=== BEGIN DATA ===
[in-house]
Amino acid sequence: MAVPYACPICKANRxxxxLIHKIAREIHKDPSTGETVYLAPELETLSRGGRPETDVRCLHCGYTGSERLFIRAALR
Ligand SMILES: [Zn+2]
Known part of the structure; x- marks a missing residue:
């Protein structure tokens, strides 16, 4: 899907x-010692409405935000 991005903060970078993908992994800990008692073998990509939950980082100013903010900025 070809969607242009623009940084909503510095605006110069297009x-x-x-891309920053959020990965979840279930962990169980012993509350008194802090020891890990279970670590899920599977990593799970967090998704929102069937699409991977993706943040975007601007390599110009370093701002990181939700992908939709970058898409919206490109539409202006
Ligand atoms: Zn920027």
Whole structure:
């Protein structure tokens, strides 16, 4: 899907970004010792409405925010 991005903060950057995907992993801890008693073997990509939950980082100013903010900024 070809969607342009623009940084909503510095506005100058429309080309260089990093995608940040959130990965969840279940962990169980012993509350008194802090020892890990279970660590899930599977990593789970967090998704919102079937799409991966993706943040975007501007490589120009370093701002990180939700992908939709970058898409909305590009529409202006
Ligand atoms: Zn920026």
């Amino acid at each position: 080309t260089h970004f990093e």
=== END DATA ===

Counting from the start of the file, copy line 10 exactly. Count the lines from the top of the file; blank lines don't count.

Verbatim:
């Amino acid at each position: 080309t260089h970004f990093e």